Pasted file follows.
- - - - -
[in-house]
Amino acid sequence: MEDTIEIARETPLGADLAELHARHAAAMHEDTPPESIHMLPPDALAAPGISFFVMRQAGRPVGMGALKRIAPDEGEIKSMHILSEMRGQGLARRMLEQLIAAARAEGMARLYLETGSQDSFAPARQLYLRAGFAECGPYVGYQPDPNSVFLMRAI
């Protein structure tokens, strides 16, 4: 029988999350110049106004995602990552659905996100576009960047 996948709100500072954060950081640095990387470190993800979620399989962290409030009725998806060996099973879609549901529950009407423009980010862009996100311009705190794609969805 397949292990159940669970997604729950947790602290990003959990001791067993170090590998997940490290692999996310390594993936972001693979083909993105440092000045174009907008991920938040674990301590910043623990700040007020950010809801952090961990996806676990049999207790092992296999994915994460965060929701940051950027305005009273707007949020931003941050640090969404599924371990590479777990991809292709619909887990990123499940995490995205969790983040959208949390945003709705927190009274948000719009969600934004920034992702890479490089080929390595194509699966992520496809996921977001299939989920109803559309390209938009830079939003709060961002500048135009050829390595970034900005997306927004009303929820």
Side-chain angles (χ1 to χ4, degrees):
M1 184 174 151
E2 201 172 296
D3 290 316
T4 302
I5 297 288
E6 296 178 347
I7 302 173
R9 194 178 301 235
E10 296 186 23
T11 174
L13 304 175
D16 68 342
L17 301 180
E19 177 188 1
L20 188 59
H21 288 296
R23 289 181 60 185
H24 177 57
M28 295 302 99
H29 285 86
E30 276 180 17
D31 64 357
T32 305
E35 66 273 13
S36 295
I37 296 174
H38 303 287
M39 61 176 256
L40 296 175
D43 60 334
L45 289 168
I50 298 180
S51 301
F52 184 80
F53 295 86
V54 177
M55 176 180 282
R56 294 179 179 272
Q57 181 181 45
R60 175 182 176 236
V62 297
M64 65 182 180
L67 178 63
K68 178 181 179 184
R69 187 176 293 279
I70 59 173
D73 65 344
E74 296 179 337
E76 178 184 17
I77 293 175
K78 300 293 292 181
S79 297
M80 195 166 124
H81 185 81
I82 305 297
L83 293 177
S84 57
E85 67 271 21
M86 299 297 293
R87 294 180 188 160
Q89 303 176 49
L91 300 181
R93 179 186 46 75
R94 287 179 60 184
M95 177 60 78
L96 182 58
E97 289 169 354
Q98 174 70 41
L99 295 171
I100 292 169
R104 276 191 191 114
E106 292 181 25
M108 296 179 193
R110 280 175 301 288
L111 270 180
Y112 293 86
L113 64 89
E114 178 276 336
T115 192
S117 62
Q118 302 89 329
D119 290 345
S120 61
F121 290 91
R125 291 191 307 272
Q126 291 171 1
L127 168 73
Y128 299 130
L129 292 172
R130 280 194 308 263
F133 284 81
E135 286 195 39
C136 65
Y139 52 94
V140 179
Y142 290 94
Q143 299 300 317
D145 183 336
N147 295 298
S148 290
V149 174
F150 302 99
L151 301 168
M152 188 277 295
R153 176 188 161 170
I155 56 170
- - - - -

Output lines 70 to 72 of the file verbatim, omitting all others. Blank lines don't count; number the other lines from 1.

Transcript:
L96 182 58
E97 289 169 354
Q98 174 70 41